Exhibit on Jim Crow Segregation – Center for Civil and Human Rights – Atlanta, GA. Photo by Adam Jones (CC BY SA 2.0)

Stryker says, pick a moment in 20th century American history, and chances are there was some sort of freakout about a group of marginalized people using the bathroom. In the years after WWII, more visible gay and lesbian communities began to emerge — and there was panic about gay male sex in public restrooms. By the 1950s and 1960s, activists began challenging codes of racist segregation in the Jim Crow south — and this included challenges to racially segregated bathrooms. Bathroom anxiety even played a role in the fight against the Equal Rights Amendment in the 1960s and 70s, with right-wing opposition invoking the idea of unisex restrooms as a way to generate opposition to the ERA. Later, during the AIDS crisis of the 1980s, people feared they could get the illness from using public restrooms. Which brings us to the bathroom panic of today: a moral panic around trans people in public restrooms. 

The New Target

This debate about trans bathroom access became a big national story a little over five years ago. You had ordinances — or proposed ordinances — in states like North Carolina and Texas, which attempted to restrict which bathrooms trans people could or couldn’t use.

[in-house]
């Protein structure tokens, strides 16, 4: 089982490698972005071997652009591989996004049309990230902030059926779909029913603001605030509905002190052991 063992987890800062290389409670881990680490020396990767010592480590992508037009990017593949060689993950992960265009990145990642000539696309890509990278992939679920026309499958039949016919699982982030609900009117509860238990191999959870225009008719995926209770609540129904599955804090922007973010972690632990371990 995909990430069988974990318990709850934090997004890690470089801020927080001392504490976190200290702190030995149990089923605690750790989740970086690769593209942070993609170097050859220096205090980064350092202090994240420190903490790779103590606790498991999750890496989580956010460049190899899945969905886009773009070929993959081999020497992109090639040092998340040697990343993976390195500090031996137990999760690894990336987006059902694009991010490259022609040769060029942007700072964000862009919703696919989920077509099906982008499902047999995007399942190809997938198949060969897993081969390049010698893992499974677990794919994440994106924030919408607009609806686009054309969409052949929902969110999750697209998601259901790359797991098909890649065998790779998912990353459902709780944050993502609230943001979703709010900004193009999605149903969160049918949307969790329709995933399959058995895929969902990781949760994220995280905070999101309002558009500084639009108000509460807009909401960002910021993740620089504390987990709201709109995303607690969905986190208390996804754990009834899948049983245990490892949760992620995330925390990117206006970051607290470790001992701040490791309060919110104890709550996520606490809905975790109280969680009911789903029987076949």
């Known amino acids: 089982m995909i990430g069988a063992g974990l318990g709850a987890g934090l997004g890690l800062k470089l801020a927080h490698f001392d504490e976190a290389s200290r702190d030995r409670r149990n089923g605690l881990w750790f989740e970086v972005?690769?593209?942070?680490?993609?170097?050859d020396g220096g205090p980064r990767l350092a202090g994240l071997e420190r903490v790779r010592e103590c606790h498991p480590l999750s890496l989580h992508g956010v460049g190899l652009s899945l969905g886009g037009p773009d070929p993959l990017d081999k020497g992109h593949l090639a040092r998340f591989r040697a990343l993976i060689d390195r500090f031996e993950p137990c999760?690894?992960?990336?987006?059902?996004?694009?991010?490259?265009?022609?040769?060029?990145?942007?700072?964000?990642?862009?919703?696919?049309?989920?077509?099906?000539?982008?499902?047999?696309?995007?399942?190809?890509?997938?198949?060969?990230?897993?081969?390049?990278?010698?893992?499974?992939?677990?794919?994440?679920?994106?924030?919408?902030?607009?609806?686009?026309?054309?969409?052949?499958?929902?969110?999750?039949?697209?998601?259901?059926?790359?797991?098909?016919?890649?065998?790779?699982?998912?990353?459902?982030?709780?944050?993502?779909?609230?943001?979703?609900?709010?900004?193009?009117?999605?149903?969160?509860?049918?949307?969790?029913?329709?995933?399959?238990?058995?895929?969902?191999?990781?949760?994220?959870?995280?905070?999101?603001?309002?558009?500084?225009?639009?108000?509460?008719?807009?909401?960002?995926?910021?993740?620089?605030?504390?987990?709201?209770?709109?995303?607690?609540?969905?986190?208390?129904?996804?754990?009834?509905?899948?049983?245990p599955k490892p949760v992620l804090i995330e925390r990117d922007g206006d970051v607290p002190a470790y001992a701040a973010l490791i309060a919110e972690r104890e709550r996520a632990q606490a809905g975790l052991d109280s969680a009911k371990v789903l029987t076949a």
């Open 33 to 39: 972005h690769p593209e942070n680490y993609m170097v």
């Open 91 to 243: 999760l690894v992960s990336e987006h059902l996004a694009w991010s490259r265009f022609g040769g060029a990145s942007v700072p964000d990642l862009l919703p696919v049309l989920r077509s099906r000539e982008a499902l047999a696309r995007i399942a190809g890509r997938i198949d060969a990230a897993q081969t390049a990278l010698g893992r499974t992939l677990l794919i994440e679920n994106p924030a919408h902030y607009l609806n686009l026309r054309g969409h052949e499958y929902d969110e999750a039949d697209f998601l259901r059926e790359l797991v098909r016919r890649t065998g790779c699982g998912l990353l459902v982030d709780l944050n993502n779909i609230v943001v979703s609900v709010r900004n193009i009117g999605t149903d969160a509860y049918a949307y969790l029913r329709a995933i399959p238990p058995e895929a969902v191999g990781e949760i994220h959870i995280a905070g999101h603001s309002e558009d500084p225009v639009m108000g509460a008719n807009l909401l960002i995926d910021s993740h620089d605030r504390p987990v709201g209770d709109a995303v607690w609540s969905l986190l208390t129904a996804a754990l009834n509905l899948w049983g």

Terry Kogan thinks this surge in anti-trans bathroom activism had something to do with the Supreme Court allowing for gay marriage in 2015. After that happened, all the conservative money and energy that had gone into that fight had to find a new target. “Conservative energy coalesced around trans people and their desire to use the restroom that accords not with their birth sex, but with their gender identity,” explains Kogan.

The irony is people on both sides of this debate claim that they’re on the side of safety. One side argues that trans people should be safe in the bathroom that’s consistent with their gender identity, while the other side claims that women shouldn’t be attacked in the bathroom by cross-dressing men. 

But as Prof. Stryker argues, this notion of a predatory cross-dressing man is complete fiction. In reality, if you look at the numbers: it is trans people who are at the greatest risk of being attacked in public restrooms. According to Terry Kogan, roughly 70 percent of trans people have experienced either verbal or physical abuse, with Black trans women, in particular, experiencing even higher rates of abuse.

A Little Imagination